As you can see (below), these beautiful and fascinating birds have evolved  a remarkable array of distinctive morphologies.

tree

Family Drepanididae (Hawaiian Honeycreepers). *Note* Not all species are shown.

[VIDEO] Are you looking to see what a Purple,Green, Shining, Golden collared or Red-legged honeycreeper looks like?

Hawaii has more extinct birds than anywhere else in the world

Hawaii has more extinct birds than anywhere else in the world

Honeycreepers have suffered catastrophic decline in recent decades due to:

  • Habitat loss
  • Introduction of alien plants and animals
  • Avian disease

The accidental introduction of the southern house mosquito Culex quiquefasciatus– a non-native species –  into Hawaii  (1826) has allowed avian malaria and avian pox to spread, putting 33 species of the 42 remaining birds species in danger of extinction.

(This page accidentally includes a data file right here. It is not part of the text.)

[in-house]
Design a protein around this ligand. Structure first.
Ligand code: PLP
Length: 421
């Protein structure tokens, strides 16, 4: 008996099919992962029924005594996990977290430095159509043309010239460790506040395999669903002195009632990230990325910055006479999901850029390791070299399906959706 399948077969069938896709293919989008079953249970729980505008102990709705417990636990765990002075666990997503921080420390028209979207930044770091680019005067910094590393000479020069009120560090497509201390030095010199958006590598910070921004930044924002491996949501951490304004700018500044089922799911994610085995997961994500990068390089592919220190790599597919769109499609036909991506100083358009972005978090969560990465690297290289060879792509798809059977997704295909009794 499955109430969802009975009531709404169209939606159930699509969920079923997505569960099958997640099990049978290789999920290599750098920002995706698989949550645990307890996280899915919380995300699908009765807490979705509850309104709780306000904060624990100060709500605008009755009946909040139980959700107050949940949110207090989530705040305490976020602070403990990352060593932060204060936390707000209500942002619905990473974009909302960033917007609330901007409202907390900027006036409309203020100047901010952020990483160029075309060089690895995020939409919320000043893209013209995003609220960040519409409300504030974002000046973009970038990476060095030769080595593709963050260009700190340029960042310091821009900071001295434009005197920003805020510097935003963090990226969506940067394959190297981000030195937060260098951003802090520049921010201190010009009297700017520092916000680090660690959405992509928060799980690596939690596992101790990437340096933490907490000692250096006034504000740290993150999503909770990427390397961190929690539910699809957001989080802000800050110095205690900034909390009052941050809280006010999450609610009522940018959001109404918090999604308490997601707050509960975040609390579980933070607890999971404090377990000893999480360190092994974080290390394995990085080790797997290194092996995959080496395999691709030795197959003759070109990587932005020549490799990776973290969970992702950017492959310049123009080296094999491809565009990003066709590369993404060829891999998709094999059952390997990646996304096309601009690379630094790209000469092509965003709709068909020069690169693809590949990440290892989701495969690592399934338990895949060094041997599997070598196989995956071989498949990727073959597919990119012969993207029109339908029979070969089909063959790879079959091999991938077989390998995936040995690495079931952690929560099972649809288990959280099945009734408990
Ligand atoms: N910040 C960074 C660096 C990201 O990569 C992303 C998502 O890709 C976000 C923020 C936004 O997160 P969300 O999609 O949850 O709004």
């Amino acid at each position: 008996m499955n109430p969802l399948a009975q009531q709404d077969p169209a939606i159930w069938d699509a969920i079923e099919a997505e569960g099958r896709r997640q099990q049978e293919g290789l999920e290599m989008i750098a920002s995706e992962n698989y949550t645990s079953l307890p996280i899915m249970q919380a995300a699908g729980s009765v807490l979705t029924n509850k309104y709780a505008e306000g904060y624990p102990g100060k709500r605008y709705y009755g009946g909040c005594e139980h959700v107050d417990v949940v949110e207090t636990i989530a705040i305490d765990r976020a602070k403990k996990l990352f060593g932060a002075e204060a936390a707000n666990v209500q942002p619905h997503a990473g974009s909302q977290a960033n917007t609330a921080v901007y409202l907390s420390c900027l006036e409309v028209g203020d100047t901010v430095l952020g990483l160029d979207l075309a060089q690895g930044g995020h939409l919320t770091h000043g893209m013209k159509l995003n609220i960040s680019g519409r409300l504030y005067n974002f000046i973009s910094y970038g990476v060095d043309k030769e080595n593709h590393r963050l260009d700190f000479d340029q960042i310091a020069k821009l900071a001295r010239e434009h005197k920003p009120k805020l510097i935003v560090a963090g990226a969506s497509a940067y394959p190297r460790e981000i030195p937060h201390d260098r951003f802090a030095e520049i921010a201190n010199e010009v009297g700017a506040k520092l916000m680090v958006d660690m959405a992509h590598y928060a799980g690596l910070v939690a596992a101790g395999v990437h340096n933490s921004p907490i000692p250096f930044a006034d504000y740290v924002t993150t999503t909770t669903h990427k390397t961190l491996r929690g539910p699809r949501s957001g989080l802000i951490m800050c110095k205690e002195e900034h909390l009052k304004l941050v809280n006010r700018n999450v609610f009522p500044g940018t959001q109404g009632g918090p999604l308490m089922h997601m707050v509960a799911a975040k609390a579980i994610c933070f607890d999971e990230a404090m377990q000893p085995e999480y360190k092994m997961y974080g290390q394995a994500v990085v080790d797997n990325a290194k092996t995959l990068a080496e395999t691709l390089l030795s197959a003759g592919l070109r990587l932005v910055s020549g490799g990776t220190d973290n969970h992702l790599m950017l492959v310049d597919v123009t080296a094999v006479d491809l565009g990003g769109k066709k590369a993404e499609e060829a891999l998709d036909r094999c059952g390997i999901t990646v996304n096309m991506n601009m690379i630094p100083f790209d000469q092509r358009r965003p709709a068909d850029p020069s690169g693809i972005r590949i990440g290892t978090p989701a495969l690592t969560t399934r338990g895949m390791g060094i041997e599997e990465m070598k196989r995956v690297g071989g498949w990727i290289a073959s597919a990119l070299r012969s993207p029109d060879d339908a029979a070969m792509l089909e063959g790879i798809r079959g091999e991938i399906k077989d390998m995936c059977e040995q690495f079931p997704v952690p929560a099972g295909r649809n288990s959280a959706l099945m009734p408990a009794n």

Clearly, the rapid loss of native island floras and faunas is a huge cause for concern among scientists.

We have five, 10, maybe 15 years before we start seeing more declines…but some of these species don’t have that much time and I don’t want to see another species become extinct in my lifetime. 

Pete Marra, director of the Smithsonian Institution’s Migratory Bird Center .

hawaii colonise

The introduction of avian malaria (Plasmodium relictum) to the remote Hawaiian Islands is believed to have played a major role in the decline and extinction of several native bird species. Now, less than half of Hawaii’s previously extant species of honeycreeper still exist.

Symptoms include:

*Anemia. The loss of red blood cells leads to a…

*Lack of oxygen and progressive weakness.

*And eventually deathbirds that have never had tolerance to malaria can get it very quickly and die from it. Mortality in many native species can range from 50 to 90%. In contrast, mortality in introduced bird species appears to be negligible.

THE MAUI PARROTBILL (PSEUDONESTOR XANTHOPHRYS) IS ONE OF THE HONEYCREEPERS THAT IS MOST THREATENED.